University of Albuquerque

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The University of Albuquerque
Former names
St. Francis Summer College (1920–1940)
Catholic Teachers' College of New Mexico (1940–1950)
College of St. Joseph on the Rio Grande (1950–1966)
TypePrivate
Active1920–1986
Religious affiliation
Catholic
PresidentAlfred McBride (1986)[1]
Academic staff
60 (1986)[1]
Students1,180 (1986)[1]
Location, ,
U.S.
CampusUrban, 68 acres (28 ha)[1]
ColorsBlue and gold[2]
         
NicknameDons

The University of Albuquerque was a Catholic liberal arts university in Albuquerque, New Mexico, which closed in 1986. Its former campus on Albuquerque's West Side now houses St. Pius X High School, a Catholic high school.

History[edit]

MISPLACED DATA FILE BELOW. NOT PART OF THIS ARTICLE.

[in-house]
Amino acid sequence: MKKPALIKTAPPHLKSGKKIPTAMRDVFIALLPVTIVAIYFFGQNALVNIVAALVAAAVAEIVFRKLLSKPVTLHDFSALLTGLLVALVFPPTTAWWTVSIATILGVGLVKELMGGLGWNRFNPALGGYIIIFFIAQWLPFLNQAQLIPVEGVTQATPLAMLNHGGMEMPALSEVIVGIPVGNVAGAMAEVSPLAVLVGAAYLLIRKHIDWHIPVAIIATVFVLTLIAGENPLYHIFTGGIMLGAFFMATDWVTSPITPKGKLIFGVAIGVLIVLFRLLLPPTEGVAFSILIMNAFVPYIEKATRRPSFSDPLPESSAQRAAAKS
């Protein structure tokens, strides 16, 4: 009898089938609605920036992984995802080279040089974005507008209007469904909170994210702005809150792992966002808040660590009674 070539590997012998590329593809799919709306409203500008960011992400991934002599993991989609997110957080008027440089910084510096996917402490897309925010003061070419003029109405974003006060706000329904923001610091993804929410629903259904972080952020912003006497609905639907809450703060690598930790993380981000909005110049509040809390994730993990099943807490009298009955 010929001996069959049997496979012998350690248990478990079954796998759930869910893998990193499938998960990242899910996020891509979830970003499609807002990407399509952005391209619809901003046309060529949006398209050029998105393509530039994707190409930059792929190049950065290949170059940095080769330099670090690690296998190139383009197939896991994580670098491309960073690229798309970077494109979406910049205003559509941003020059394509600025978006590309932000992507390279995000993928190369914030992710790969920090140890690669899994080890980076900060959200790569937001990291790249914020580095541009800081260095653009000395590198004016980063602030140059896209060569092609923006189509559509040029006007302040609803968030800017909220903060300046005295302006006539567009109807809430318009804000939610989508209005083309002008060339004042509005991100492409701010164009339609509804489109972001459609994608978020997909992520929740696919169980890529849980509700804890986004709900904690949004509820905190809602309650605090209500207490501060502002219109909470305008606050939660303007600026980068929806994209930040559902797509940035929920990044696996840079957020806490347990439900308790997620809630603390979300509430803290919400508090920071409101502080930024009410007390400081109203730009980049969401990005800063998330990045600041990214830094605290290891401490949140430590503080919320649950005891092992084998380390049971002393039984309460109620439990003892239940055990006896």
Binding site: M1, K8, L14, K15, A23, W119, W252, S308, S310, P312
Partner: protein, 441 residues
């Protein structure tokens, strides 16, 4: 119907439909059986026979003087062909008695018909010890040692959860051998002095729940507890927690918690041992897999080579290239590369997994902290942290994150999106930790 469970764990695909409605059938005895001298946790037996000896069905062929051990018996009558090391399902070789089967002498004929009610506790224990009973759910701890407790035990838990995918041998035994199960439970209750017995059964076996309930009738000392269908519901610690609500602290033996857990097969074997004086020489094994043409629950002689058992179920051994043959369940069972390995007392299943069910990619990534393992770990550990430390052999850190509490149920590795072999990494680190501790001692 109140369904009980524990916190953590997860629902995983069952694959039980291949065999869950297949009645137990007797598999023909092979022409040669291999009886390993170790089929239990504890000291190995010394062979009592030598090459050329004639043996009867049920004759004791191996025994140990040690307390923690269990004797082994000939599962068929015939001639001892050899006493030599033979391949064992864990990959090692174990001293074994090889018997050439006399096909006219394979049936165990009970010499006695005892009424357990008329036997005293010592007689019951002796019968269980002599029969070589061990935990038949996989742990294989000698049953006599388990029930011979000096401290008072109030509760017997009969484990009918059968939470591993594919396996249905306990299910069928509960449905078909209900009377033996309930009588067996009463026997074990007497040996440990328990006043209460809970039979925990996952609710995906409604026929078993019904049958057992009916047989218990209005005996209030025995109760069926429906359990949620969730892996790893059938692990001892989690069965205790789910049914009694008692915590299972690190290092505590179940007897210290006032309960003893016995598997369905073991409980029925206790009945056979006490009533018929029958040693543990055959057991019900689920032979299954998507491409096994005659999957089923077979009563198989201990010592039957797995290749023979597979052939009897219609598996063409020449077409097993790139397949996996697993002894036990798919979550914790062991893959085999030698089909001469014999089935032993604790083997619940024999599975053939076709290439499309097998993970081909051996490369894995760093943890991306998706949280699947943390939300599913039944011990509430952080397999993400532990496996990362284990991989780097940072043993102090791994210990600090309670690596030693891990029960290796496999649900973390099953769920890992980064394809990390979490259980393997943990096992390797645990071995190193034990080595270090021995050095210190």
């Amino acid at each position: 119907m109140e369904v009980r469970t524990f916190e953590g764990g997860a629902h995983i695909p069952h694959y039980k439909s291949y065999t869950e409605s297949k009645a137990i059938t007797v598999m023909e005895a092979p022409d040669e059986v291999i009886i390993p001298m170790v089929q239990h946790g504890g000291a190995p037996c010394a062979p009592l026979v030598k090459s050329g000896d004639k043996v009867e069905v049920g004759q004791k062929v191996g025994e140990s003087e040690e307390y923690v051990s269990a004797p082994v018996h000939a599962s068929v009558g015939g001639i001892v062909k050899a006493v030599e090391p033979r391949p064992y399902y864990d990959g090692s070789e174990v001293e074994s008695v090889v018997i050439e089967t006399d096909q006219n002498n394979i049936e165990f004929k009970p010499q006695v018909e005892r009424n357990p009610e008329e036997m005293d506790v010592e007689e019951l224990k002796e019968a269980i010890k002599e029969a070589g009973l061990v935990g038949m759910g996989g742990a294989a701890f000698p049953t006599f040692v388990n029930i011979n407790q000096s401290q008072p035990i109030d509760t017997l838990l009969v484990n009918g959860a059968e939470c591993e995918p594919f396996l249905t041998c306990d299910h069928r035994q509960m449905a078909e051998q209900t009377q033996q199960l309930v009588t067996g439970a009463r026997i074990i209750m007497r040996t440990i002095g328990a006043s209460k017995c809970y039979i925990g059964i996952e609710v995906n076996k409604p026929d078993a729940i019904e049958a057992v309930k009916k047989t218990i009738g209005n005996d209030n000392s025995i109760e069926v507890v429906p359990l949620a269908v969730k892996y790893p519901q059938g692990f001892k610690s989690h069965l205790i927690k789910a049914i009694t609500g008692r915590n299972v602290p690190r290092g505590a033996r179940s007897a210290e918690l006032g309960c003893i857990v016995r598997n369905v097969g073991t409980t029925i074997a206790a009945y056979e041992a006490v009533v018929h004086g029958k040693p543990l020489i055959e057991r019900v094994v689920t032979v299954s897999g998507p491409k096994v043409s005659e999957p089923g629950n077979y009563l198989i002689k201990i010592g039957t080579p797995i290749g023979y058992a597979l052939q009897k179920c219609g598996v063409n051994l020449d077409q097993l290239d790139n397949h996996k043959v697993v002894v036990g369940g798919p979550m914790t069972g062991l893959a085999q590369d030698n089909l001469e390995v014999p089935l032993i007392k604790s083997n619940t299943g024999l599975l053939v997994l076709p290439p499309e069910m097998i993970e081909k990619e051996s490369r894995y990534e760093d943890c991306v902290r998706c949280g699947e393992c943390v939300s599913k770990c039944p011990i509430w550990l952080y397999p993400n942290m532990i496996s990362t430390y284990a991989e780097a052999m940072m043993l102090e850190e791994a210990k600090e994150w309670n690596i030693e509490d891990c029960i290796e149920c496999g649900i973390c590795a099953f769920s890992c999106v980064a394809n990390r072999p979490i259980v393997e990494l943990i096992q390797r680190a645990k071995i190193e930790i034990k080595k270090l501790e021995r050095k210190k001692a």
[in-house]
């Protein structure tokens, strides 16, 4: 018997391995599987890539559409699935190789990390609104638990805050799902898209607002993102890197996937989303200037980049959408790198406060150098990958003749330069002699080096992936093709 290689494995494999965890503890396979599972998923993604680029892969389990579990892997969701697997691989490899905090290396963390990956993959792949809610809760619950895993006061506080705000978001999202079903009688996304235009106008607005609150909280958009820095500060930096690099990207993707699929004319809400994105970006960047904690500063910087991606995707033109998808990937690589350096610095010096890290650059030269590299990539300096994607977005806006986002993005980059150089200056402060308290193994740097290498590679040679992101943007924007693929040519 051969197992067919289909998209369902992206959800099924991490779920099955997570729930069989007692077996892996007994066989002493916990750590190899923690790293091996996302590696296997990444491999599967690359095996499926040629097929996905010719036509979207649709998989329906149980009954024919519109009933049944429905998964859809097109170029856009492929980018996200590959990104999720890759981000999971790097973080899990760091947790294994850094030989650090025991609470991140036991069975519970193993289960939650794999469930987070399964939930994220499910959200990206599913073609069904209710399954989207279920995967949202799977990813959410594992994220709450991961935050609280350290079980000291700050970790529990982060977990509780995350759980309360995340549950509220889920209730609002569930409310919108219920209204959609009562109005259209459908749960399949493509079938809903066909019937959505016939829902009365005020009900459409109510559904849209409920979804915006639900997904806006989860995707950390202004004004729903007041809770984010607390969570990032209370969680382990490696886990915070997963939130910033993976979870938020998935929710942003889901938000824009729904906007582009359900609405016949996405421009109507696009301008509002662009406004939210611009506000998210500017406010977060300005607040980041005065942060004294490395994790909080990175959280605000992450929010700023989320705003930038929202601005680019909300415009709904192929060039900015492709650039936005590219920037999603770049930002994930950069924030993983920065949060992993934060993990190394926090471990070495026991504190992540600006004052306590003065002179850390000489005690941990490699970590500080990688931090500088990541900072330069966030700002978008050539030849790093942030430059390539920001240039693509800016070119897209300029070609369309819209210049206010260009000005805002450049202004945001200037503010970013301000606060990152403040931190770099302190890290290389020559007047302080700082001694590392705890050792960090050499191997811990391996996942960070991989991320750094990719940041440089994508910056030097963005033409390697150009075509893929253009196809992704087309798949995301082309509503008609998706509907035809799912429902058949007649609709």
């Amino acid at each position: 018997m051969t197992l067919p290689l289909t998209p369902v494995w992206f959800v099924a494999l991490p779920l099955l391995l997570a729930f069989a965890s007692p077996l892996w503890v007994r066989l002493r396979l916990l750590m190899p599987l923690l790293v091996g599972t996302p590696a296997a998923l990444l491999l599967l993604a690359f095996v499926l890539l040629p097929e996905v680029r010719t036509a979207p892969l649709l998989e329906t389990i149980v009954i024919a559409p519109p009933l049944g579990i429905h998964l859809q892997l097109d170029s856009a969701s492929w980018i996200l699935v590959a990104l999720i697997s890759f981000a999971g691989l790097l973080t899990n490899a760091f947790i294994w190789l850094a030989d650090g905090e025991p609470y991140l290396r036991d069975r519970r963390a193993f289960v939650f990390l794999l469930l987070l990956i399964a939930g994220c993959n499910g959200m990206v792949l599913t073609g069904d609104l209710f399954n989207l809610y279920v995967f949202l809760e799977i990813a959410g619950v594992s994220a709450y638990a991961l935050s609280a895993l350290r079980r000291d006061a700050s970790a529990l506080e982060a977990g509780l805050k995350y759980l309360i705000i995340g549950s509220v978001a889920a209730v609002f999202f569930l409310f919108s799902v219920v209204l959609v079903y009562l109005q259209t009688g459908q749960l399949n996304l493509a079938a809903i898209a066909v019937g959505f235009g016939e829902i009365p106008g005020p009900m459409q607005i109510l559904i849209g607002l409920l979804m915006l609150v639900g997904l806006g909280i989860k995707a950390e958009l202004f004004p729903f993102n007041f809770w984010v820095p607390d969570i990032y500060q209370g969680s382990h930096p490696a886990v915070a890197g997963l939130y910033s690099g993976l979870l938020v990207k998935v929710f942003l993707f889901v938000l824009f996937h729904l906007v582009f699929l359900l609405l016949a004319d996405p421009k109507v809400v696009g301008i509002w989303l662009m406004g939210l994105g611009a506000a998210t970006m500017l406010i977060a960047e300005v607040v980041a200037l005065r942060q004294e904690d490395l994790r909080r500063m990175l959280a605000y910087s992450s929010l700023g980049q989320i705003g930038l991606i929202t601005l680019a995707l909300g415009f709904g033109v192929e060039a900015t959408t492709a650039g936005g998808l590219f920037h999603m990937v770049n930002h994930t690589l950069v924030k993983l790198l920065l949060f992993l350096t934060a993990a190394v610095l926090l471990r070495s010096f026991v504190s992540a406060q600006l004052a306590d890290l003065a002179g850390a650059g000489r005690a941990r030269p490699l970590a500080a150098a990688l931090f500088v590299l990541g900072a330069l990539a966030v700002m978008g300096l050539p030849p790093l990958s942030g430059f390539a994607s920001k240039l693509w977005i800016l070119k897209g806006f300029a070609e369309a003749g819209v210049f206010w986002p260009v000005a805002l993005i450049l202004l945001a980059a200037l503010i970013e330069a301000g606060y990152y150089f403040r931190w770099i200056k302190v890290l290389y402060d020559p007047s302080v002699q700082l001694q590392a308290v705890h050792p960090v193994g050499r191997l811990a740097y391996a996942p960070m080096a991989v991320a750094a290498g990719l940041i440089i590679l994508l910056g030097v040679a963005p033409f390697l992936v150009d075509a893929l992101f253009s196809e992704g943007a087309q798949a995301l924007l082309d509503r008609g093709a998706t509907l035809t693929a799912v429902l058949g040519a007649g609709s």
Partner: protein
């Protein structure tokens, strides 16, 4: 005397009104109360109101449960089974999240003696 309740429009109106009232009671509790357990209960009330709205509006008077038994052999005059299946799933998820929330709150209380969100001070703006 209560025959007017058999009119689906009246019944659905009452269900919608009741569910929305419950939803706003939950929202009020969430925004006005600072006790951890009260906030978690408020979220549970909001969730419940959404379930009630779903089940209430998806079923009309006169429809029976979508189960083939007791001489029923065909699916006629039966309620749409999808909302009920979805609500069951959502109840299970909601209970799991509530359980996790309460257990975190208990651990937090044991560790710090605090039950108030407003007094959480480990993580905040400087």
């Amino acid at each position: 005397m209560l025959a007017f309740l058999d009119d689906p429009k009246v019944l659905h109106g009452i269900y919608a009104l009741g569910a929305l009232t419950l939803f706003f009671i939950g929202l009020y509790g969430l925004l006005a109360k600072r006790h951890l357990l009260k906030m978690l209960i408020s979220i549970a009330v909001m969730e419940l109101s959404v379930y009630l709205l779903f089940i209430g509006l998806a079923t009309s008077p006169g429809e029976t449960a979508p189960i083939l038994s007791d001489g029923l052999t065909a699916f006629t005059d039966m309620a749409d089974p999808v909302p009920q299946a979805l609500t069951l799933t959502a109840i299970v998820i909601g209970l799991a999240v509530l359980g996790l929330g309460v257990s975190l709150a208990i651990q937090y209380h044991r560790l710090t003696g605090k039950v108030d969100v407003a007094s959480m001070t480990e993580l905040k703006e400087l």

The institution was founded in 1920 as St. Francis Summer College. Located at St. Anthony's Orphanage, the college was operated by the Poor Sisters of St. Francis Seraph and offered continuing education classes for nuns during the summer. In 1940, it was taken over by the Archdiocese of Santa Fe and chartered as a full-time college called the Catholic Teachers' College of New Mexico, offering four-year programs in arts, sciences, and education.[3] The college moved to a new location at the former Rio Grande Industrial School campus on South 2nd Street in 1946, and control was handed back to the Poor Sisters the following year. In 1950, the college changed its name to the College of St. Joseph on the Rio Grande and broke ground on a new campus atop a bluff overlooking the Rio Grande on Albuquerque's West Side. Classes began at the new location in 1951, encompassing a full liberal arts curriculum.[4] The campus was formally dedicated by Archbishop Edwin Byrne in 1952.[5]